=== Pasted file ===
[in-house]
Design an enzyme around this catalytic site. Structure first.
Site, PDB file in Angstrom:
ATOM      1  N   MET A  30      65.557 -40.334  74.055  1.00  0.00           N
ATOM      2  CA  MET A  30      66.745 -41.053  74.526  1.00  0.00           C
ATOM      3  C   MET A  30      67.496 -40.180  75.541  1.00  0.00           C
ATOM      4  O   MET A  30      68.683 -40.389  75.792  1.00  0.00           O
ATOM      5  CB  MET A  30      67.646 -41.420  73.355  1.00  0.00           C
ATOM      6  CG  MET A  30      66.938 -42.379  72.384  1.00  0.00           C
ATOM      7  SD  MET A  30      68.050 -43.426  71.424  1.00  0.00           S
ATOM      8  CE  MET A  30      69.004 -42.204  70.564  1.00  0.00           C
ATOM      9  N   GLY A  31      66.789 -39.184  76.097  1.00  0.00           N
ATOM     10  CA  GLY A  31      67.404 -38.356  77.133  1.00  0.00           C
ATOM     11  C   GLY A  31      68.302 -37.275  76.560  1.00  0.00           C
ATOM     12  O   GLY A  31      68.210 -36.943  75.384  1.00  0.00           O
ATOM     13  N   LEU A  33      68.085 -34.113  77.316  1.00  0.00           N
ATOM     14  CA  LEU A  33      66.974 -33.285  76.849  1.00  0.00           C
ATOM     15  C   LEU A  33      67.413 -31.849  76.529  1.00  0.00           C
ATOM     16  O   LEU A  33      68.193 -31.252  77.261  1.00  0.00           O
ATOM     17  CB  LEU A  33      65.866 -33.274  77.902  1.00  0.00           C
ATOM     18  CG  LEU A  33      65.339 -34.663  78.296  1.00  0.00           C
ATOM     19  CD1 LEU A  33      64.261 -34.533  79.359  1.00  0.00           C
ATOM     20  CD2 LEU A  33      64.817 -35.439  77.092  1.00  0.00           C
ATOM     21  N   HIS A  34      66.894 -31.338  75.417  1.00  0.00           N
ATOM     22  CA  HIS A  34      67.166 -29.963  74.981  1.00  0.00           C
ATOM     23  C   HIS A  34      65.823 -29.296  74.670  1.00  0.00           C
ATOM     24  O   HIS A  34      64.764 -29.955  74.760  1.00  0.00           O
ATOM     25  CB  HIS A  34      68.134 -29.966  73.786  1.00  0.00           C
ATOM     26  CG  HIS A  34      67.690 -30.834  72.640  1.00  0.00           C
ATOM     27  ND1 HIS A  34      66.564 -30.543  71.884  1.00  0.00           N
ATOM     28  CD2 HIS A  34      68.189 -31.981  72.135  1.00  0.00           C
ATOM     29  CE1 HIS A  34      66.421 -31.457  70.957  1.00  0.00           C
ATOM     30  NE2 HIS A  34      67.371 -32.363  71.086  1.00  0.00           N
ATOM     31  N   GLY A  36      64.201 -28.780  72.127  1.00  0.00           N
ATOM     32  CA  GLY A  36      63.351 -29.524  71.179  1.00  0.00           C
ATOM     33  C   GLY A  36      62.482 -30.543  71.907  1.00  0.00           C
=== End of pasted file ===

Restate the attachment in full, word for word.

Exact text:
[in-house]
Design an enzyme around this catalytic site. Structure first.
Site, PDB file in Angstrom:
ATOM      1  N   MET A  30      65.557 -40.334  74.055  1.00  0.00           N
ATOM      2  CA  MET A  30      66.745 -41.053  74.526  1.00  0.00           C
ATOM      3  C   MET A  30      67.496 -40.180  75.541  1.00  0.00           C
ATOM      4  O   MET A  30      68.683 -40.389  75.792  1.00  0.00           O
ATOM      5  CB  MET A  30      67.646 -41.420  73.355  1.00  0.00           C
ATOM      6  CG  MET A  30      66.938 -42.379  72.384  1.00  0.00           C
ATOM      7  SD  MET A  30      68.050 -43.426  71.424  1.00  0.00           S
ATOM      8  CE  MET A  30      69.004 -42.204  70.564  1.00  0.00           C
ATOM      9  N   GLY A  31      66.789 -39.184  76.097  1.00  0.00           N
ATOM     10  CA  GLY A  31      67.404 -38.356  77.133  1.00  0.00           C
ATOM     11  C   GLY A  31      68.302 -37.275  76.560  1.00  0.00           C
ATOM     12  O   GLY A  31      68.210 -36.943  75.384  1.00  0.00           O
ATOM     13  N   LEU A  33      68.085 -34.113  77.316  1.00  0.00           N
ATOM     14  CA  LEU A  33      66.974 -33.285  76.849  1.00  0.00           C
ATOM     15  C   LEU A  33      67.413 -31.849  76.529  1.00  0.00           C
ATOM     16  O   LEU A  33      68.193 -31.252  77.261  1.00  0.00           O
ATOM     17  CB  LEU A  33      65.866 -33.274  77.902  1.00  0.00           C
ATOM     18  CG  LEU A  33      65.339 -34.663  78.296  1.00  0.00           C
ATOM     19  CD1 LEU A  33      64.261 -34.533  79.359  1.00  0.00           C
ATOM     20  CD2 LEU A  33      64.817 -35.439  77.092  1.00  0.00           C
ATOM     21  N   HIS A  34      66.894 -31.338  75.417  1.00  0.00           N
ATOM     22  CA  HIS A  34      67.166 -29.963  74.981  1.00  0.00           C
ATOM     23  C   HIS A  34      65.823 -29.296  74.670  1.00  0.00           C
ATOM     24  O   HIS A  34      64.764 -29.955  74.760  1.00  0.00           O
ATOM     25  CB  HIS A  34      68.134 -29.966  73.786  1.00  0.00           C
ATOM     26  CG  HIS A  34      67.690 -30.834  72.640  1.00  0.00           C
ATOM     27  ND1 HIS A  34      66.564 -30.543  71.884  1.00  0.00           N
ATOM     28  CD2 HIS A  34      68.189 -31.981  72.135  1.00  0.00           C
ATOM     29  CE1 HIS A  34      66.421 -31.457  70.957  1.00  0.00           C
ATOM     30  NE2 HIS A  34      67.371 -32.363  71.086  1.00  0.00           N
ATOM     31  N   GLY A  36      64.201 -28.780  72.127  1.00  0.00           N
ATOM     32  CA  GLY A  36      63.351 -29.524  71.179  1.00  0.00           C
ATOM     33  C   GLY A  36      62.482 -30.543  71.907  1.00  0.00           C